In this state there were in 1840, 92,920 horses and mules; 225,714 neat cattle; 257,922 sheep 416,943 swine; poultry to the value of $218,765. There were produced 3,345,783 bush, of wheat 3,594 of barley; 3,534,211 of oats; 723,577 of rye; 73,606 of buckwheat; 8,233,086 of Ind. corn 488,201 lbs. of wool; 2,357 of hops; 3,674 of wax; 1,036,433 bush, of Potatoes; 106,637 tons of hay 24,816,012 pounds of tobacco; 5,673 of cotton; 2,290 of silk cocoons; 36,266 of sugar. The products of the dairy amounted to $457,466; of the orchard, $105,740; of lumber, $226,977. There were made 7,535 gallons of wine.

Iron ore is found in various parts of the state, and extensive beds of coal exist between the mountains in the western part.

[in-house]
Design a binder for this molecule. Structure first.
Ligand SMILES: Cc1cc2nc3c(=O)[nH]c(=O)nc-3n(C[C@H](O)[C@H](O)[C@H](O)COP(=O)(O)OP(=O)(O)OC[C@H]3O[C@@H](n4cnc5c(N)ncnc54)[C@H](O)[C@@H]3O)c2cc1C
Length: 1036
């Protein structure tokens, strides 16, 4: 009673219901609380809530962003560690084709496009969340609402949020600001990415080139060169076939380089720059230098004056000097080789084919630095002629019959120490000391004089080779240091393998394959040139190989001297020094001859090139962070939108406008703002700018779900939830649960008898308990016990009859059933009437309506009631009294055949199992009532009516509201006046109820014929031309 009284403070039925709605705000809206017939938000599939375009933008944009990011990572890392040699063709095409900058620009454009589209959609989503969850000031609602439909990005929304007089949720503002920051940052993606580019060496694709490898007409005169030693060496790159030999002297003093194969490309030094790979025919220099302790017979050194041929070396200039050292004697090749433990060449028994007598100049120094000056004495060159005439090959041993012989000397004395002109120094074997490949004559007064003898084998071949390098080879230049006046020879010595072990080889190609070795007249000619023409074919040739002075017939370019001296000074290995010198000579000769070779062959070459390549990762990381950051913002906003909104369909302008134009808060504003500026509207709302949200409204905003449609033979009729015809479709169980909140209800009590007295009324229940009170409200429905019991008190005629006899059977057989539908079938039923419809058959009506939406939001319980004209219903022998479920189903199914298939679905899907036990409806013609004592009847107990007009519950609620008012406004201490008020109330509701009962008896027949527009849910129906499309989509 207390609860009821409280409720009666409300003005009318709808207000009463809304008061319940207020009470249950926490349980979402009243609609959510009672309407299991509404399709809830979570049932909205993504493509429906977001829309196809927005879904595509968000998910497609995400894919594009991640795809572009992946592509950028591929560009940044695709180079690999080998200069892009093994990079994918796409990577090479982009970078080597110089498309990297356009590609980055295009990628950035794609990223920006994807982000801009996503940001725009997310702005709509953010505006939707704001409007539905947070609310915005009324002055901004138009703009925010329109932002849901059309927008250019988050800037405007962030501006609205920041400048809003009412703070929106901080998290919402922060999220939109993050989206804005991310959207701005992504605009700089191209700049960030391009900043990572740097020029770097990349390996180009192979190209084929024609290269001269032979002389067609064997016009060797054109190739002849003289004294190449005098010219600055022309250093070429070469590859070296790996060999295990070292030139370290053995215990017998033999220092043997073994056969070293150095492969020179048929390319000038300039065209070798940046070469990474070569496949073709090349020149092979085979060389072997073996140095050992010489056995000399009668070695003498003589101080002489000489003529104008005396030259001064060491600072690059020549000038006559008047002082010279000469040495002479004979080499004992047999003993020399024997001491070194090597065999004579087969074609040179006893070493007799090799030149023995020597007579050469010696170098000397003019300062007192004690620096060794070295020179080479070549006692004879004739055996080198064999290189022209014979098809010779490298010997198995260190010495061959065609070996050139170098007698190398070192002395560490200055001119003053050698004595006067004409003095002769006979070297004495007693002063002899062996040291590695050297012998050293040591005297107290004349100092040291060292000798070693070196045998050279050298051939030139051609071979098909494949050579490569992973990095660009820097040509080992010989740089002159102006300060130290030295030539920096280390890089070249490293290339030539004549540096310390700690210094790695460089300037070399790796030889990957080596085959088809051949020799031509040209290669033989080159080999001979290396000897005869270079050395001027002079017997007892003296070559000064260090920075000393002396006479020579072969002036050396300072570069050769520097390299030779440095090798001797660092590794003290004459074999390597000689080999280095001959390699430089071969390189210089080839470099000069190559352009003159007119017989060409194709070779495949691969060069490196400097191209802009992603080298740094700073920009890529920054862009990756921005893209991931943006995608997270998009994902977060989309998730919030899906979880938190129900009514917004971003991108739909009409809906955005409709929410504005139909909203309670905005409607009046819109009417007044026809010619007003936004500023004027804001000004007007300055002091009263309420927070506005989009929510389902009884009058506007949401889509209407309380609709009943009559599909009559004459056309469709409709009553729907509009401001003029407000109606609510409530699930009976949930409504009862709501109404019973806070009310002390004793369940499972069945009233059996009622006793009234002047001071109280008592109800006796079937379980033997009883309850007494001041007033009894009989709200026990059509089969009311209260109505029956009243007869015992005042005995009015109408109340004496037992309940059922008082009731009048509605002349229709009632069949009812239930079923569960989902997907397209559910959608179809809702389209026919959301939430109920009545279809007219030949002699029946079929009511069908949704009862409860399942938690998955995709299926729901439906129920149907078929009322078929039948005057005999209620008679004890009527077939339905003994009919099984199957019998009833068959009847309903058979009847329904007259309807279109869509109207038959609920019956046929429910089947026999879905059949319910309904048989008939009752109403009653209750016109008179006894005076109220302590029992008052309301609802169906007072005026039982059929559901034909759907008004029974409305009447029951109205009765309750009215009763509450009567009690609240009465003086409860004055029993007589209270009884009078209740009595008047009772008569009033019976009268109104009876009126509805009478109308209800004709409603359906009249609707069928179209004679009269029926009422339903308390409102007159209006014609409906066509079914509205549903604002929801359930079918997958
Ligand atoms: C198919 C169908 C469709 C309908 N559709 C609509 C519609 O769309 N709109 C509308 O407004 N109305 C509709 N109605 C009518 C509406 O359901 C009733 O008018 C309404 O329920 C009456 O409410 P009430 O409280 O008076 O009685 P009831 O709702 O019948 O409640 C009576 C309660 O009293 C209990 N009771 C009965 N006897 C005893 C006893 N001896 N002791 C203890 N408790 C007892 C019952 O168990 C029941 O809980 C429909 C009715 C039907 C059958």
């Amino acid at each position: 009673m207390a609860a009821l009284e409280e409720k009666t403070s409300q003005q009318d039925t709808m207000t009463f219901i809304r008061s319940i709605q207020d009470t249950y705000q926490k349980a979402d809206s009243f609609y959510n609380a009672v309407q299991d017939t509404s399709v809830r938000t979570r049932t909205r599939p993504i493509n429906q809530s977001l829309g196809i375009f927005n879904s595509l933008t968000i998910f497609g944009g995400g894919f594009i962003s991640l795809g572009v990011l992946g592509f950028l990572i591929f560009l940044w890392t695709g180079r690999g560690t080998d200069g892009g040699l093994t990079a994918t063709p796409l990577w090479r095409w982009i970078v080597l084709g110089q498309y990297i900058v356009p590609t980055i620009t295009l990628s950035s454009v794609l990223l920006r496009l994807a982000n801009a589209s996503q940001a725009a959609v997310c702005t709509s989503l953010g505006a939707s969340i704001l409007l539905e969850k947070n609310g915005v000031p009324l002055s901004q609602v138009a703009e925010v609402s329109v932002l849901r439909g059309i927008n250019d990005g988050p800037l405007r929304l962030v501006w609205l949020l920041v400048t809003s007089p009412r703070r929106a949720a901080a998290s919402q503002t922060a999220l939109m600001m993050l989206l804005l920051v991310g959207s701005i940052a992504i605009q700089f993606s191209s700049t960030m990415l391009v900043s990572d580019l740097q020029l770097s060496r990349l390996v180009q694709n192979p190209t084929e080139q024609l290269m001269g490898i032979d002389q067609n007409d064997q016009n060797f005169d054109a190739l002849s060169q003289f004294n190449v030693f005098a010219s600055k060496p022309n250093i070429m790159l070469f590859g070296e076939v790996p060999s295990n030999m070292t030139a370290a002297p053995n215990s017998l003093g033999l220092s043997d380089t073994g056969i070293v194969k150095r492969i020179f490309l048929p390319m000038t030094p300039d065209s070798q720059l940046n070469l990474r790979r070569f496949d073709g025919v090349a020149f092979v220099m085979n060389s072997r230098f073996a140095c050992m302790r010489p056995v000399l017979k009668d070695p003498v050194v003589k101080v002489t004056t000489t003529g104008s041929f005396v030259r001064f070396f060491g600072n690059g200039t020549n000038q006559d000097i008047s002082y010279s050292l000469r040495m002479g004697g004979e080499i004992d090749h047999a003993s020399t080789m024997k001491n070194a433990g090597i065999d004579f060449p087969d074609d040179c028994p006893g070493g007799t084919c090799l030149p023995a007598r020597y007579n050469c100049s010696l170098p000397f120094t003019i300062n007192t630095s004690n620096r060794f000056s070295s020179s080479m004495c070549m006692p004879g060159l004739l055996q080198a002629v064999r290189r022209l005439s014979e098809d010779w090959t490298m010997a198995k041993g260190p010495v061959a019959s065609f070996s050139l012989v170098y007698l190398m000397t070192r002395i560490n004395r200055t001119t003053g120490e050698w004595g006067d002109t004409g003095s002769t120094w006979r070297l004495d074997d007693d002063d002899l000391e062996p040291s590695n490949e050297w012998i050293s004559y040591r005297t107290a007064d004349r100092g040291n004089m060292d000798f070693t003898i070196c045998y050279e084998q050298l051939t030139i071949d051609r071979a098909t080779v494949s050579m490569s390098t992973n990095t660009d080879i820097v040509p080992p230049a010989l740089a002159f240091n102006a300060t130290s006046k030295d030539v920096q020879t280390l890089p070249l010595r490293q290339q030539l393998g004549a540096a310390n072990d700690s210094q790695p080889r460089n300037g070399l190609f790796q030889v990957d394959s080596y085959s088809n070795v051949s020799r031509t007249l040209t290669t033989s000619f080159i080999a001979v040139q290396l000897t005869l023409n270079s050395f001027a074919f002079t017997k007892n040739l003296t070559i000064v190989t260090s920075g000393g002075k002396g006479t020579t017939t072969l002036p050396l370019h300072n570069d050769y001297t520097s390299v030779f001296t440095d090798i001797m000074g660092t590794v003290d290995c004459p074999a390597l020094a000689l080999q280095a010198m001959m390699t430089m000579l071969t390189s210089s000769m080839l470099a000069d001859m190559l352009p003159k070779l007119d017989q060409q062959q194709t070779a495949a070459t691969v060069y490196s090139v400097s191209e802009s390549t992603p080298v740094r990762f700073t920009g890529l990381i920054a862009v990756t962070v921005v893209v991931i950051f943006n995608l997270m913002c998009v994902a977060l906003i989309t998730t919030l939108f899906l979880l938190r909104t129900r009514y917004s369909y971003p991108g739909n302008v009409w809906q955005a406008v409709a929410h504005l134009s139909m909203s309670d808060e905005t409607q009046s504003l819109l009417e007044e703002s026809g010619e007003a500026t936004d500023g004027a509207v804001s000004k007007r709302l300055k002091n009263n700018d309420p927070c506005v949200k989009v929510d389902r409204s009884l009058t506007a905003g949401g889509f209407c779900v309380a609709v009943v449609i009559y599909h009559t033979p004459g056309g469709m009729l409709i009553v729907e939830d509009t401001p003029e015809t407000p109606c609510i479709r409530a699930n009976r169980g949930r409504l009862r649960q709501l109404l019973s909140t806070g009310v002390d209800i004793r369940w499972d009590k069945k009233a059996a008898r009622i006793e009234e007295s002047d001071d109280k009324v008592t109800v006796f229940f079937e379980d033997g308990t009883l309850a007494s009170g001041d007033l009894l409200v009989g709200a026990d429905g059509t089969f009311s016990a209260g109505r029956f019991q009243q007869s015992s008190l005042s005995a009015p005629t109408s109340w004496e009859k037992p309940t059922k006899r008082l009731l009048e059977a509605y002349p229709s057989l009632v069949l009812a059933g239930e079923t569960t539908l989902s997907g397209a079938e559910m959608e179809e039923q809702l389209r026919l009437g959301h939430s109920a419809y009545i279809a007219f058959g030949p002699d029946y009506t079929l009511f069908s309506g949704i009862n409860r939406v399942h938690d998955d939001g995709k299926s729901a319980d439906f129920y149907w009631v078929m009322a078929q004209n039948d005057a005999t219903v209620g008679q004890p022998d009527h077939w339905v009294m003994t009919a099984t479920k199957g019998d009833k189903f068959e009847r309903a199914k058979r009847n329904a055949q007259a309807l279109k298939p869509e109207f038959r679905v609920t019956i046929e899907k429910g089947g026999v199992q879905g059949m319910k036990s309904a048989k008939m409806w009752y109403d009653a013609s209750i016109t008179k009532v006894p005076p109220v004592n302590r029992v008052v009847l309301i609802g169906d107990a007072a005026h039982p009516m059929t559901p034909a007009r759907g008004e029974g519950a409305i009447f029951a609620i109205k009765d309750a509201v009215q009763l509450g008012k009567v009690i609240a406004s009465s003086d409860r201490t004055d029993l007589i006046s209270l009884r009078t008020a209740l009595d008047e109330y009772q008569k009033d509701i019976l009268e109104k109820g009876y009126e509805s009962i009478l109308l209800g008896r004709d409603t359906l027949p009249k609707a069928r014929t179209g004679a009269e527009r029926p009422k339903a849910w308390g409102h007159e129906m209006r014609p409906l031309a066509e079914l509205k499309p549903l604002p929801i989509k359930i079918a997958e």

This state carries on an extensive trade with the other states, with the West Indies, and with Europe, principally from Baltimore. The exports consist of flour, tobacco, iron, lumber, Ind. Corn, pork, flax seed, beans, and fish, particularly shellfish.

The Potomac River, which divides this state from Virginia, is 550 miles long, and navigable about 300 miles to Washington city. It is 1½ miles wide at its mouth, and 1½ at Alexandria, 290 rail from its mouth. The Susquehanna is a large river, which enters into the head of the Chesapeake Bay in this state. It is 1¼ mile wide at its mouth, but is navigable only 5 miles, being, above that, much obstructed by falls and rapids. The Patapsco is a small river, navigable, however, 14 miles to Baltimore for large ships. The Patuxent is 110 miles long, and is navigable for 50 miles for vessels of 250 tons. The other rivers are Elk, Sassafras, Chester, Choptank, Nanticoke, and Pocomoke.